In April 1975, Hilary Ng'weno, the editor of The Weekly Review, the most prominent news magazine in Kenya at the time, wrote about the KANU government's new plan to include university students in the national service scheme and foresaw many of the difficulties that would befall the programme. While he acknowledged the need for Kenya's ruling party to take the lead in organizing the scheme, he lamented the fact that 'there [was] no guarantee that it would be a policy which would be pursued and developed over a reasonable period of time', as KANU had a history of formulating 'policies only for the purposes of dealing with political crises of the moment. When these crises have passed the tendency is to forget the policies which were so vehemently pronounced and to let things take their usual apathetic course' (Ng'weno 1975)

Ng' 'weno's words provide an apt description of the history that was to unfold for the NYSPUT over the subsequent decade. While the scheme's architects initially emphasized the need to familiarize students with the realities of life in the countryside and the challenges of development in Kenya, in fact, as David Court (1980: 662) notes, proposals for the NYSPUT were continually 'characterized by apparent uncertainty about their precise purpose'. Indeed, the 'diversity of terms' that were used to justify the implementation of the proposed programme during this period, which included 'providing a foretaste of future employment, a way of meeting costs, a means to reduce student elitism through a period of rural living and so forth', reinforces this perception (ibid.).

In reality, the programme had more to do with addressing the emerging problem of student unrest than it did with any of the aforementioned justifications. It is important to note that the scheme was first concretely proposed only in April 1975, (8) in response to a year-and-a-half period in which the university had been closed three times due to student protests, and just a month after the assassination of the popular politician and government critic J. M. Kariuki had produced unprecedented student riots on campus. (9) From its beginnings, therefore, in the eyes of many university students and faculty, the programme was seen to be a punitive measure designed by the Kenyatta regime to 'cow Kariuki supporters [read: government critics] in the university' (Branch 2011: 119). While the October 1975 commencement date for the scheme was eventually postponed indefinitely without explanation, the perception of the programme as a 'punishment' for dissident students is one that would linger well into the 1980s. (10)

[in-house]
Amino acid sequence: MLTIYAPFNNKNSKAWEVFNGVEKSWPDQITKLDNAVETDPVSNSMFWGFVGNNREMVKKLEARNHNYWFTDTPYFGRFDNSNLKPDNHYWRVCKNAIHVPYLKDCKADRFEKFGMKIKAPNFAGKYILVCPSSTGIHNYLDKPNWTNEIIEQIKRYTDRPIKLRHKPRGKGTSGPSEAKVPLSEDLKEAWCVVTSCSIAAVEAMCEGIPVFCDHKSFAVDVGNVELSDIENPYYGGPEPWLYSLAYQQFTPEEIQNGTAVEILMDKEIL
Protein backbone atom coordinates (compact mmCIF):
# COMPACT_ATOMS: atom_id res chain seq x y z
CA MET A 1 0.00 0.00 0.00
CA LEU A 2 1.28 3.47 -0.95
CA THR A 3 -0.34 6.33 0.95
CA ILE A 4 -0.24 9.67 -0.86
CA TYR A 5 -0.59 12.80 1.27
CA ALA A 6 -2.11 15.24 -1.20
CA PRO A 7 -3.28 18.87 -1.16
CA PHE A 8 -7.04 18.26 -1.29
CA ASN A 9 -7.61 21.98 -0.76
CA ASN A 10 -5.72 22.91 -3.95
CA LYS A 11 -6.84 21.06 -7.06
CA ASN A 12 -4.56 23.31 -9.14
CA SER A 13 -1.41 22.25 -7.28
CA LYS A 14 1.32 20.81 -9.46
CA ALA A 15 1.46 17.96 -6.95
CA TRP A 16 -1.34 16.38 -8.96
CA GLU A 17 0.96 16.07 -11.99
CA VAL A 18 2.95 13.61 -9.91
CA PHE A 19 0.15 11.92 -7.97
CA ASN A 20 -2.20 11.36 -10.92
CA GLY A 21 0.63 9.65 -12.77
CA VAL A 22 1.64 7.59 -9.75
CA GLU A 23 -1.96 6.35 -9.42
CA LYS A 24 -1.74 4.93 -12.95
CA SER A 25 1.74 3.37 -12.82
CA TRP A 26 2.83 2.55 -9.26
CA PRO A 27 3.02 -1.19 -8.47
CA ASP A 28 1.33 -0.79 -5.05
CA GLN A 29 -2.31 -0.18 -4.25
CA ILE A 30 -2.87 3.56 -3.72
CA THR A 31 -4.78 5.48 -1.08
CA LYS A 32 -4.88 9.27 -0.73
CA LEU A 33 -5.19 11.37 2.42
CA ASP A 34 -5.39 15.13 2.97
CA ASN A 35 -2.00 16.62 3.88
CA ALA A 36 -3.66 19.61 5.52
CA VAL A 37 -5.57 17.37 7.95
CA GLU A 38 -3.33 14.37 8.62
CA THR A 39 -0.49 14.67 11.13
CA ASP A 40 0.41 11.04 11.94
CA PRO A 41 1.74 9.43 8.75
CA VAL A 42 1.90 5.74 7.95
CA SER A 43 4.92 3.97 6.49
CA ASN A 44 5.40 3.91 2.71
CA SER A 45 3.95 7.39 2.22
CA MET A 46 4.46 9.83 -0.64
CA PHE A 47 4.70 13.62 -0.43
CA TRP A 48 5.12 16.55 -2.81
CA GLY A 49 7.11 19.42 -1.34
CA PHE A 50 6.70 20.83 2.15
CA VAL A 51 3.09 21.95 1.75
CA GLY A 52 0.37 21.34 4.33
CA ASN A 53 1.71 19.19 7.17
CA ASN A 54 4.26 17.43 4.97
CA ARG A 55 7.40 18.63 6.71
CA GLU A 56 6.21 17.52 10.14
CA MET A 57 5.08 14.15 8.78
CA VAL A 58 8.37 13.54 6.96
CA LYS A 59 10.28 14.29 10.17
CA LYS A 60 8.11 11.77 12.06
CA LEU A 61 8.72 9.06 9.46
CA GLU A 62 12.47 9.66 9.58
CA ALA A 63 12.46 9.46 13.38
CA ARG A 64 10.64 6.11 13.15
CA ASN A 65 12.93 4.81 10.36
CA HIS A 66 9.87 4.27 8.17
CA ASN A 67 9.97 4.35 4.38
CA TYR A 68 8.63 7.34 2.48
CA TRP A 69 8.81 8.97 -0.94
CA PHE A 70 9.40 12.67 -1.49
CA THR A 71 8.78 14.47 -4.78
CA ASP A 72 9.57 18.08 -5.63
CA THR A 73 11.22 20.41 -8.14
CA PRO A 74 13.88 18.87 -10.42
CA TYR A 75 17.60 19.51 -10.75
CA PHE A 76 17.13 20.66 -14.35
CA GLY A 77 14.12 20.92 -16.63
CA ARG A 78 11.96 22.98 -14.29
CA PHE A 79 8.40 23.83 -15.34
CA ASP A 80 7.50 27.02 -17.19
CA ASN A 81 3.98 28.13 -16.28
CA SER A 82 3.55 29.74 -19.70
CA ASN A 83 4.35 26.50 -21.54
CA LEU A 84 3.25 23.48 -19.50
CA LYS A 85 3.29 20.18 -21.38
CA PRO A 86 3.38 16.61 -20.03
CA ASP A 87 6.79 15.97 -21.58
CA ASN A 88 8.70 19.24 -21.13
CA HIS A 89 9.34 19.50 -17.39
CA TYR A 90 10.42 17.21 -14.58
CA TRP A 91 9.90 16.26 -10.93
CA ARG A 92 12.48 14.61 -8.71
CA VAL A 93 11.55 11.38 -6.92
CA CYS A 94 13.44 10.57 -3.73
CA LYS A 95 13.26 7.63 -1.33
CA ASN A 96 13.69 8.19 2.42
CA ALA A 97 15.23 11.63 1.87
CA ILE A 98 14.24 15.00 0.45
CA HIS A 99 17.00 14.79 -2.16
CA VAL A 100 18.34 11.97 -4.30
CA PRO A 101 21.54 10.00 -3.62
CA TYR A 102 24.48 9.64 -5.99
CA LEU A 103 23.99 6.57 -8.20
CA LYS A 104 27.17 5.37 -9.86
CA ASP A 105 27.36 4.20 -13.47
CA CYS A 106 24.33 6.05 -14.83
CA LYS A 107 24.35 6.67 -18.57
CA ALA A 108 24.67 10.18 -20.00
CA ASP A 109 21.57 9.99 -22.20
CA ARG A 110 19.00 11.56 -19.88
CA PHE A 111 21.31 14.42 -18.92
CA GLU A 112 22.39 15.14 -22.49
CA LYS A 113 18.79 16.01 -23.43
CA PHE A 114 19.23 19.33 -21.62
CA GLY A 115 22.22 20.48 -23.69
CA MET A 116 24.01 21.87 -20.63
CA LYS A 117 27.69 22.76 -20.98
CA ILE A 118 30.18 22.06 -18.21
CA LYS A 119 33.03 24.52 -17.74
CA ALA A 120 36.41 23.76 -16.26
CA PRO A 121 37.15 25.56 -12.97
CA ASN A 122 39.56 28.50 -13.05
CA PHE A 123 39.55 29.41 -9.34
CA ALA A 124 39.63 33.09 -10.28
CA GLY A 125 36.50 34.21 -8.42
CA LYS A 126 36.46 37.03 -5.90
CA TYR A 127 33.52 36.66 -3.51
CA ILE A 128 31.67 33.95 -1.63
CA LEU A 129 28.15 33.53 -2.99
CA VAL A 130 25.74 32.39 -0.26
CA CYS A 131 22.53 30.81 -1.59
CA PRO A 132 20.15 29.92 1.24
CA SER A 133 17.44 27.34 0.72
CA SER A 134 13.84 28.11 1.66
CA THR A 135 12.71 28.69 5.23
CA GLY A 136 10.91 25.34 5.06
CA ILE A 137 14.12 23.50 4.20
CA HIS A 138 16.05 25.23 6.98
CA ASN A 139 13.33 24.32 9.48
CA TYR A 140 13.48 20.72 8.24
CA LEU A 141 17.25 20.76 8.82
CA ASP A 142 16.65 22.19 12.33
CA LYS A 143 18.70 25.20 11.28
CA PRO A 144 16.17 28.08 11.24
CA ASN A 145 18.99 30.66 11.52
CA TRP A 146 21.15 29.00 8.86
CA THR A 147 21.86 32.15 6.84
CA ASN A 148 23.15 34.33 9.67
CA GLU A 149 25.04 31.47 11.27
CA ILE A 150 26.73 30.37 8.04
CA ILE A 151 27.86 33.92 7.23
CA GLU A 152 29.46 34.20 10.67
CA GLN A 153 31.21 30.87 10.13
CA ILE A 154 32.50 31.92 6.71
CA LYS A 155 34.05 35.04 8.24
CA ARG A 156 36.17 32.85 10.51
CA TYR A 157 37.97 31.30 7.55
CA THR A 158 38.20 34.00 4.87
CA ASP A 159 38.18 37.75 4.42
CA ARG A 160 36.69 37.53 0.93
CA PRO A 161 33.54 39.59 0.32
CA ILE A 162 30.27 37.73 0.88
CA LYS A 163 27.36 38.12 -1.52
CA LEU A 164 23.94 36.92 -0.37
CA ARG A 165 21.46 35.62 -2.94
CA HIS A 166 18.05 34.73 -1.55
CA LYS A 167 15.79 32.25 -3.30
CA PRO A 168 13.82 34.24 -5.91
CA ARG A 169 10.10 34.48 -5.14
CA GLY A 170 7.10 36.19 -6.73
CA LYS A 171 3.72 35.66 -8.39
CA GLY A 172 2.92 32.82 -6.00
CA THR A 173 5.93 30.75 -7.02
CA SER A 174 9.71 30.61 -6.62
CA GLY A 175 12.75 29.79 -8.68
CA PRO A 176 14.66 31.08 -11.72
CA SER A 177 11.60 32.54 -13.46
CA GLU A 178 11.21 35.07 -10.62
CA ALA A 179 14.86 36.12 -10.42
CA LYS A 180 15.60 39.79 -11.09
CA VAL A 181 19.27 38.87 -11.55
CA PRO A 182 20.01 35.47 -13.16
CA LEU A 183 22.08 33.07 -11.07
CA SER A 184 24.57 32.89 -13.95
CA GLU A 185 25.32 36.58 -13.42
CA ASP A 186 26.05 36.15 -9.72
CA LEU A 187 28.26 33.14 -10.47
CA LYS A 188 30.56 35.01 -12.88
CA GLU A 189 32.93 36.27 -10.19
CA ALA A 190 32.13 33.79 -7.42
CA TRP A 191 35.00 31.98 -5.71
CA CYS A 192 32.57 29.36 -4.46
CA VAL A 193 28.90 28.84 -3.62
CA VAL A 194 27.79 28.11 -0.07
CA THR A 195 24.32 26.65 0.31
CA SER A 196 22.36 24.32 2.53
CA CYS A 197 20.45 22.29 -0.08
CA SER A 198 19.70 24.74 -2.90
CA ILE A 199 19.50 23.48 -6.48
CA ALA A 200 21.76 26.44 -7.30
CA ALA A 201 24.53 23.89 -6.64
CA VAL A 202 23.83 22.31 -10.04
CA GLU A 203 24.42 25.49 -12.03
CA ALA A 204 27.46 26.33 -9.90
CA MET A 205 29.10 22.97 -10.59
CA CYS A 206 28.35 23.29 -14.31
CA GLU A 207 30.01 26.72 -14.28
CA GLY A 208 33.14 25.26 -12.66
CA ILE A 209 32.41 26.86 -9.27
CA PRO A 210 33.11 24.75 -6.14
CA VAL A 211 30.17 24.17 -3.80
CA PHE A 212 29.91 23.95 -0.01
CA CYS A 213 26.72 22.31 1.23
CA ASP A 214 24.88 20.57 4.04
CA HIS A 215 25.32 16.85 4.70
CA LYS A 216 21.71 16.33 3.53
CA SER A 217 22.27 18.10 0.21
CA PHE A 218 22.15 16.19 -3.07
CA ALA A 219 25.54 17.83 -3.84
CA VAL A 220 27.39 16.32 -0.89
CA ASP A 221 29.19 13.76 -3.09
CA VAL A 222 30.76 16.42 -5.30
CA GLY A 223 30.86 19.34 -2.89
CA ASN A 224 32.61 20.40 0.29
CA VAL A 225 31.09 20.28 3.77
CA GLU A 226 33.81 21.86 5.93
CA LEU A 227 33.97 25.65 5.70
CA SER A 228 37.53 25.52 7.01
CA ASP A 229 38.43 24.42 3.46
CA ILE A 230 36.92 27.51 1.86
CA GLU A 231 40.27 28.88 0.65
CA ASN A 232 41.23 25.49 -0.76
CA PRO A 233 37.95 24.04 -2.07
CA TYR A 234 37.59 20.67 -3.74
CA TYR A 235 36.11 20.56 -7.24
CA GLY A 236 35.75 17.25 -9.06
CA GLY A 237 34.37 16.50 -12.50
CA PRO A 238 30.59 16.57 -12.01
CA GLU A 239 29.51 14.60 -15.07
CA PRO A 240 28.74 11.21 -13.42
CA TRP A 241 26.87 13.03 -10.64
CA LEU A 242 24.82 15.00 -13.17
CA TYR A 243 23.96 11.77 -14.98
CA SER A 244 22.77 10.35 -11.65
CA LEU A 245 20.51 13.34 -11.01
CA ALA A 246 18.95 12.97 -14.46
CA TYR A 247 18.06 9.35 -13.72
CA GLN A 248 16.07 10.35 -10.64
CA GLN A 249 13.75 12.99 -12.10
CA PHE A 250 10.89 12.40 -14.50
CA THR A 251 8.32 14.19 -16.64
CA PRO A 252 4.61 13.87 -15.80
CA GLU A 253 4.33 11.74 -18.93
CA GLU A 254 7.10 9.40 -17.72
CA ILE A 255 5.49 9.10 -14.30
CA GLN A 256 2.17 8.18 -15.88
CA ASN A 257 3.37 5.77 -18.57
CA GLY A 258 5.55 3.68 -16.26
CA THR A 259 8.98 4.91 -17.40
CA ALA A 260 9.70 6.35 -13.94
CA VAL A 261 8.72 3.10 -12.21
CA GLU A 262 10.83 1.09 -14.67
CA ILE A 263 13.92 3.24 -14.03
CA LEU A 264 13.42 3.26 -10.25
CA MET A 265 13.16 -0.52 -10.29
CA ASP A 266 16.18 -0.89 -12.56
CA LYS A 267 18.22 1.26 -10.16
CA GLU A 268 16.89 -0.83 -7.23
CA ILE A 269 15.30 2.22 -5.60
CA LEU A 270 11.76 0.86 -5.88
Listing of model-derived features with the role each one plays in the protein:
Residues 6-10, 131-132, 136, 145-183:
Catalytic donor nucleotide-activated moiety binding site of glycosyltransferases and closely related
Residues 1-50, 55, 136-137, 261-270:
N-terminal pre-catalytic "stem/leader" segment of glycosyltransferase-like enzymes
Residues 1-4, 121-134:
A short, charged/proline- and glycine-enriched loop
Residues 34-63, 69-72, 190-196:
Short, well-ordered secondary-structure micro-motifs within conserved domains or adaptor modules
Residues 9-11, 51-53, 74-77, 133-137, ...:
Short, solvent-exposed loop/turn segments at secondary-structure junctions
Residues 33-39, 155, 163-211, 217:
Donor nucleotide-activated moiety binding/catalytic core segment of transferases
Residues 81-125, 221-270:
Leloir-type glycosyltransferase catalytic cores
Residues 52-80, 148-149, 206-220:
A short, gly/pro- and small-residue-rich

Over the next decade, until its eventual implementation in May 1984, calls to incorporate prospective or current university students into the NYS seemed to follow a specific pattern, ebbing and flowing in accordance with the state's intermittent anxiety over student 'crises' at the university. When 'crises' on campus erupted, the government would publicly call for the implementation of the scheme, but such calls remained vague about specific details and would quickly fade into the background as soon as order appeared to be restored. Moreover, as time went by, rhetoric about the NYSPUT increasingly presented it as being less about 'providing] students with the opportunity to gain practical experience in fields relevant to their studies' as it had initially been promoted, (11) and more about instilling in students an ethos of discipline and obedience prior to their arrival on campus. (12) To demonstrate this point, it is necessary to situate the origins and development of the NYSPUT within the broader context of events unfolding both within Kenya's national politics and at the university during this period.

A brief history of student activism in Kenya, 1963-84

The University of Nairobi, Kenya's oldest and most august institution of higher learning, is a relatively recent creation (Savage and Taylor 1991; Klopp and Orina 2002; Kameneu 2013). Officially founded in 1970, the university went through a number of prior incarnations, (13) with its immediate predecessor, University College, Nairobi (UCN), becoming a constituent college of the University of East Africa in 1964 (Kamencu 2013: 15; Furley and Watson 1978).